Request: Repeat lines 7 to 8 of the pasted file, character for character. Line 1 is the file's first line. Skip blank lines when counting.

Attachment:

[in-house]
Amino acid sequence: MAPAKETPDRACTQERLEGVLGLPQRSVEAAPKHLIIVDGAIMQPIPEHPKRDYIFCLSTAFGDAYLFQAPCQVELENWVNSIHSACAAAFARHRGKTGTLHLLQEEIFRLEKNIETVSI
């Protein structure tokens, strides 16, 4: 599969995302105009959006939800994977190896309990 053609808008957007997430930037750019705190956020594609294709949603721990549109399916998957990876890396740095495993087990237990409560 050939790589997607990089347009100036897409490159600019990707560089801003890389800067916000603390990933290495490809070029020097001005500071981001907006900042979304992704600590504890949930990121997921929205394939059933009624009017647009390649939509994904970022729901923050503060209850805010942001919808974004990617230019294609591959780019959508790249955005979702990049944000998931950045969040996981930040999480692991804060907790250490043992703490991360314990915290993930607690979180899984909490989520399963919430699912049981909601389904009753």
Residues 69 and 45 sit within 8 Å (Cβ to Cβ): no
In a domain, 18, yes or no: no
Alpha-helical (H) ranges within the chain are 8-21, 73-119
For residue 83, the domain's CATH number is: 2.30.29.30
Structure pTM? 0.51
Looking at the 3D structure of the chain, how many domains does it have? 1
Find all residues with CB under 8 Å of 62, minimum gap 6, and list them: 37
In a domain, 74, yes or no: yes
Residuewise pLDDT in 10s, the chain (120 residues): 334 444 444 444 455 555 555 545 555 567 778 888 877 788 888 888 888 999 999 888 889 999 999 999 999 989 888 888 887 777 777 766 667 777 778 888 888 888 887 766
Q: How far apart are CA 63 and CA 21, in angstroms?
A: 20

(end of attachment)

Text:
For residue 83, the domain's CATH number is: 2.30.29.30
Structure pTM? 0.51